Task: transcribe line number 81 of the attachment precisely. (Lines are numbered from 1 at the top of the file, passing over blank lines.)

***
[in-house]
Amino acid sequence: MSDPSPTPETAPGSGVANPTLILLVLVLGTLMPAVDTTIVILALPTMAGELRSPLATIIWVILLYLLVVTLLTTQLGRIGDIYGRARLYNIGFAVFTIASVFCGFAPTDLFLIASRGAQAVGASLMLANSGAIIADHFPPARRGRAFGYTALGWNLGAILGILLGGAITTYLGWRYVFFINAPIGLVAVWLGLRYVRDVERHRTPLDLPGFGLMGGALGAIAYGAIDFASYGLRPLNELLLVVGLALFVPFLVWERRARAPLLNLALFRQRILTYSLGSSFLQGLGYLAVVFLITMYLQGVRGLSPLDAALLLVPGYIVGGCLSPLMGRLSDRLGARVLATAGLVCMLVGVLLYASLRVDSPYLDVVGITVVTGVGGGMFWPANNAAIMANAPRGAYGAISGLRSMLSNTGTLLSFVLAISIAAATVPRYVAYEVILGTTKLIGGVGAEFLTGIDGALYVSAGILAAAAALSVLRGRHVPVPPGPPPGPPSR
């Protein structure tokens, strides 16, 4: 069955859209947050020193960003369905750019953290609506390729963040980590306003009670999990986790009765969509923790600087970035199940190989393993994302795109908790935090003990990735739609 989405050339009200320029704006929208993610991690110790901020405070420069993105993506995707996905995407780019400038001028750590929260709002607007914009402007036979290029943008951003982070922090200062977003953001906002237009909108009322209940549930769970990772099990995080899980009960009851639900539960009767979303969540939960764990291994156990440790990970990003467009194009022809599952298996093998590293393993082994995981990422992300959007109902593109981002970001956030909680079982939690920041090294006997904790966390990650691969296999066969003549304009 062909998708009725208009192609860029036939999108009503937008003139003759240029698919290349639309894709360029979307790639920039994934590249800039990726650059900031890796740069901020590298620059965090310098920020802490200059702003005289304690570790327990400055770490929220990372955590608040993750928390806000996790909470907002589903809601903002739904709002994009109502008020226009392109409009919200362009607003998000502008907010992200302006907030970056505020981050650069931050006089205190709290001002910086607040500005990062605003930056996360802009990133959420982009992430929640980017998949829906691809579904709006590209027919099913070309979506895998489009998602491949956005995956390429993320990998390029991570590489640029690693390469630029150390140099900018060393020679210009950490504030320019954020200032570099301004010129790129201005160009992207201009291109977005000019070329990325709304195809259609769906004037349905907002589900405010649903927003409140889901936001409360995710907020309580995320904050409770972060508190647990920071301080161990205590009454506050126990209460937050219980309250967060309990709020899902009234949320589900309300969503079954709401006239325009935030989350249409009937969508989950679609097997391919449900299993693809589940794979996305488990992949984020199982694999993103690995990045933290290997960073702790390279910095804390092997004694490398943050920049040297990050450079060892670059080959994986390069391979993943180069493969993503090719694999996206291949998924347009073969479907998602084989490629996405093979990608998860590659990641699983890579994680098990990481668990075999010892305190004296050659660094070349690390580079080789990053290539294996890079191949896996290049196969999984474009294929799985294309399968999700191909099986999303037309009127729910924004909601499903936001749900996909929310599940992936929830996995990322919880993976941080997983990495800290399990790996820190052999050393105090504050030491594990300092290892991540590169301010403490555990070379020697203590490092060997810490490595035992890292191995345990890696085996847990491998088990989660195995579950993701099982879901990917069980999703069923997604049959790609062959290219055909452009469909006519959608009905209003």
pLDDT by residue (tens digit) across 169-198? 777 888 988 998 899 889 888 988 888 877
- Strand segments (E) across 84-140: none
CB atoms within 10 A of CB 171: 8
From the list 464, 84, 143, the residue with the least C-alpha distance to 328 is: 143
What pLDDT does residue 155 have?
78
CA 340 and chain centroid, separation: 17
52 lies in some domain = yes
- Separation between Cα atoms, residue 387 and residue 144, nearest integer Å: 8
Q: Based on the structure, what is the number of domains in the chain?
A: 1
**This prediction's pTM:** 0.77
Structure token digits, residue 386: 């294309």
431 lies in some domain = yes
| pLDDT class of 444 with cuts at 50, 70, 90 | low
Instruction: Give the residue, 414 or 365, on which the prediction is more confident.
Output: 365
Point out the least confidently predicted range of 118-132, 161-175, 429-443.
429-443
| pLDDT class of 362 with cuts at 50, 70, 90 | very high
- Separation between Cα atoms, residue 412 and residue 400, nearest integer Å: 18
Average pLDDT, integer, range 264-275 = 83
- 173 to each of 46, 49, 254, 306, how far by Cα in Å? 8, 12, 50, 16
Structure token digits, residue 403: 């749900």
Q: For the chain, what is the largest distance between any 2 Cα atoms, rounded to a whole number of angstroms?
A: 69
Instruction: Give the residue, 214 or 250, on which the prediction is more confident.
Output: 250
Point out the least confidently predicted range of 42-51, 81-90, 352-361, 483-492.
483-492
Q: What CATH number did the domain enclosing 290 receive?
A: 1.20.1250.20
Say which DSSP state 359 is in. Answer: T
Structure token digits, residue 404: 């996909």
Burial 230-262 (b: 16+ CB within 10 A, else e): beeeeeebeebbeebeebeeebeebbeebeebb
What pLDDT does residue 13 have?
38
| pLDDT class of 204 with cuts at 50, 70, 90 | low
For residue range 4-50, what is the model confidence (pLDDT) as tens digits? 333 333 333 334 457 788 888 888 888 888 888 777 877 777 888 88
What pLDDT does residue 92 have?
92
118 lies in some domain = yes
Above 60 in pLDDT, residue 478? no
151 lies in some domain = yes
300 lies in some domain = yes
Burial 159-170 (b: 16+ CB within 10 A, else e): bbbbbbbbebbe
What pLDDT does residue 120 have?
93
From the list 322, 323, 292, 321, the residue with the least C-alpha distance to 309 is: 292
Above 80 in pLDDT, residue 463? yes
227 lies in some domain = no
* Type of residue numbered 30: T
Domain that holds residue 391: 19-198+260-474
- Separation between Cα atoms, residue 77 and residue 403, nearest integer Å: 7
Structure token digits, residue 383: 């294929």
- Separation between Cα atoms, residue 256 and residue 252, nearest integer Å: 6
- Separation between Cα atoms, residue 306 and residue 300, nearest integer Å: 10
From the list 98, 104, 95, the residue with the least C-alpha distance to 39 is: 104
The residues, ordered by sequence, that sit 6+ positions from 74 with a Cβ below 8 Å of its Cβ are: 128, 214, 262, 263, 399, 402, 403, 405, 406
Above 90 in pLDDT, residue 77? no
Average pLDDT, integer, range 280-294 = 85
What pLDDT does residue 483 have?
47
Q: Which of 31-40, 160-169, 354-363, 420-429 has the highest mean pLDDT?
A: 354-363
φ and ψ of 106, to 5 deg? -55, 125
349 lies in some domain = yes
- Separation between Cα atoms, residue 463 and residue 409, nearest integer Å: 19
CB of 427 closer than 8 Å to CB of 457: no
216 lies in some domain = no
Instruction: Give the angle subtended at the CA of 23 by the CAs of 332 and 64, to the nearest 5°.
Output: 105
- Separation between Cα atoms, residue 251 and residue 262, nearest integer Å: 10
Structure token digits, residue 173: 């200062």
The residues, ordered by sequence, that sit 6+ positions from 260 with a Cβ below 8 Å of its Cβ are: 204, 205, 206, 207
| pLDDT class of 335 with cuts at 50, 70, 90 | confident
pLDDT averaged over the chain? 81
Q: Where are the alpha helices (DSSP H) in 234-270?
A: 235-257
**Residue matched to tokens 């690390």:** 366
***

Q: Where are the alpha helices (DSSP H) in 234-270?